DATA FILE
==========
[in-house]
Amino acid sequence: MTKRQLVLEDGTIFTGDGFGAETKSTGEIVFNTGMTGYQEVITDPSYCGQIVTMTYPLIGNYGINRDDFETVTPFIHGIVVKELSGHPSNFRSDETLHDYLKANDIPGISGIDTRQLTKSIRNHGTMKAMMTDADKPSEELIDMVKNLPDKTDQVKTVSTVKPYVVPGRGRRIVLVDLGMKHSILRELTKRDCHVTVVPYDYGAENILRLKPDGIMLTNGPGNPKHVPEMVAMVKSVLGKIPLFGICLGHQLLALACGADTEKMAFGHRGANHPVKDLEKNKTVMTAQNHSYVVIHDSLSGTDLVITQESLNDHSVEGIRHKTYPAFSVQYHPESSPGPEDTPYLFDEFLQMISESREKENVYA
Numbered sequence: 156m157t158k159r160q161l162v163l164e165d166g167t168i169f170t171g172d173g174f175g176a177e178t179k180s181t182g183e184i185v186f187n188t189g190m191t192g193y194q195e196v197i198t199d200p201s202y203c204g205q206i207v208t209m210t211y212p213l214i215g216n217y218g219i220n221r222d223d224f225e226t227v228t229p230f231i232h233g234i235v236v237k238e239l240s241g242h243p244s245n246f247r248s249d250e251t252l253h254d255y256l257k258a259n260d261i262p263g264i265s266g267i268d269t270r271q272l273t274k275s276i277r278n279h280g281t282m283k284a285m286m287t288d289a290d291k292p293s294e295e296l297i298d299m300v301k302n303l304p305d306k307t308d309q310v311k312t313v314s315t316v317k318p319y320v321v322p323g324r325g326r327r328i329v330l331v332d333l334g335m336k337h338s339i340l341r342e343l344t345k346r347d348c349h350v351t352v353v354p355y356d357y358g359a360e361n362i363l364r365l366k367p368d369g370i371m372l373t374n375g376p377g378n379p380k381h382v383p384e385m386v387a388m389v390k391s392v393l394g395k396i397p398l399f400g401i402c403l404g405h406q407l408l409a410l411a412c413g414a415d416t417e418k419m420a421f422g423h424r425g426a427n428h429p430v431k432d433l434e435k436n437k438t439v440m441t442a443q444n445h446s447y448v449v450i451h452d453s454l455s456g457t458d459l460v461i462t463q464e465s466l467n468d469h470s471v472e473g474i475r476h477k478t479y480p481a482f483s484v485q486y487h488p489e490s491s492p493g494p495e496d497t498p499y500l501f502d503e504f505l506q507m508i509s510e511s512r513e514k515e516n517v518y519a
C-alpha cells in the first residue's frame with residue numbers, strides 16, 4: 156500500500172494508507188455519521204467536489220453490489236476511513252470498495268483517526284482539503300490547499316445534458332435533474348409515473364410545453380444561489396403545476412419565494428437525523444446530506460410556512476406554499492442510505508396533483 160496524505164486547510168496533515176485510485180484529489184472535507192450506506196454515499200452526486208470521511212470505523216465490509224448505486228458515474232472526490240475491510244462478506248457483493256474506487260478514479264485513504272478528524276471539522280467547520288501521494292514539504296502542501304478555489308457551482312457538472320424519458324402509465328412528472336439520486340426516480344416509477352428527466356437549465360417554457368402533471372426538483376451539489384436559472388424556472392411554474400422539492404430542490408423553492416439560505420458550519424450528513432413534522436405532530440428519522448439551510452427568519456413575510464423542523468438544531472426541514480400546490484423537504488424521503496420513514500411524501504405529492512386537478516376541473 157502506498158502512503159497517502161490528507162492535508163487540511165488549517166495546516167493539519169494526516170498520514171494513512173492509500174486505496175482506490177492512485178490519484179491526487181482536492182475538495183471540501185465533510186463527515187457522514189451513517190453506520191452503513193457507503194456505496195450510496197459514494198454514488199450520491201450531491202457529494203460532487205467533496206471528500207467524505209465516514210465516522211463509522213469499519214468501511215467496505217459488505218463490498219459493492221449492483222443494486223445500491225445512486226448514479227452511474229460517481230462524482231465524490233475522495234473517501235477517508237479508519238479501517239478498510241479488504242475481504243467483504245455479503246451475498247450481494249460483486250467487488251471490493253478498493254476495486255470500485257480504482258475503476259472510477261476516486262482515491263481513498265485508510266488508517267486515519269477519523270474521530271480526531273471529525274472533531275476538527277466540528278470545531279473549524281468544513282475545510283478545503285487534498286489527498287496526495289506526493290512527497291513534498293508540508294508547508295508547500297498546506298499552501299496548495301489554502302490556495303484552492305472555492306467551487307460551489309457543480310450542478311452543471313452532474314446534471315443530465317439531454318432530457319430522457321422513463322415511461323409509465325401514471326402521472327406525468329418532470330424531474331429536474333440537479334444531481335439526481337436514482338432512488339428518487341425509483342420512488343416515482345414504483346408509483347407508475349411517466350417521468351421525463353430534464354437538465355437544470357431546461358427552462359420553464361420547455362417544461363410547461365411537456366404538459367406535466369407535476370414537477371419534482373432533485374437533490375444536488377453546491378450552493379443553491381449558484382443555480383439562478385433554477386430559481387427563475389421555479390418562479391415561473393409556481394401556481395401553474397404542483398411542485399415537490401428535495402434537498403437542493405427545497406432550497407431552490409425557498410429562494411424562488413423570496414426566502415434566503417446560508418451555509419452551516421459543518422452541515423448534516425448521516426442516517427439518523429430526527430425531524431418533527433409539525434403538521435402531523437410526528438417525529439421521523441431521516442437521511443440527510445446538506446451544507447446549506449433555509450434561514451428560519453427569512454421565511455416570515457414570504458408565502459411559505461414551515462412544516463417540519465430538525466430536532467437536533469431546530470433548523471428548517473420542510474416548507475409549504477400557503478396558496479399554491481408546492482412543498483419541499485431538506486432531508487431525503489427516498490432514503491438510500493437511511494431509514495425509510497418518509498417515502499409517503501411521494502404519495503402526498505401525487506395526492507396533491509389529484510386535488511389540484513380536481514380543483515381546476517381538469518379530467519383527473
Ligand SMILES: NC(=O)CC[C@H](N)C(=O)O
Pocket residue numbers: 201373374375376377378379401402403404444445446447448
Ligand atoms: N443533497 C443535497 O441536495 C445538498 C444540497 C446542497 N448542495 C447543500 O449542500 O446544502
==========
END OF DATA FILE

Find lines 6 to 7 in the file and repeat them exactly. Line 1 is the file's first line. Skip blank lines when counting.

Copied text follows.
Pocket residue numbers: 201373374375376377378379401402403404444445446447448
Ligand atoms: N443533497 C443535497 O441536495 C445538498 C444540497 C446542497 N448542495 C447543500 O449542500 O446544502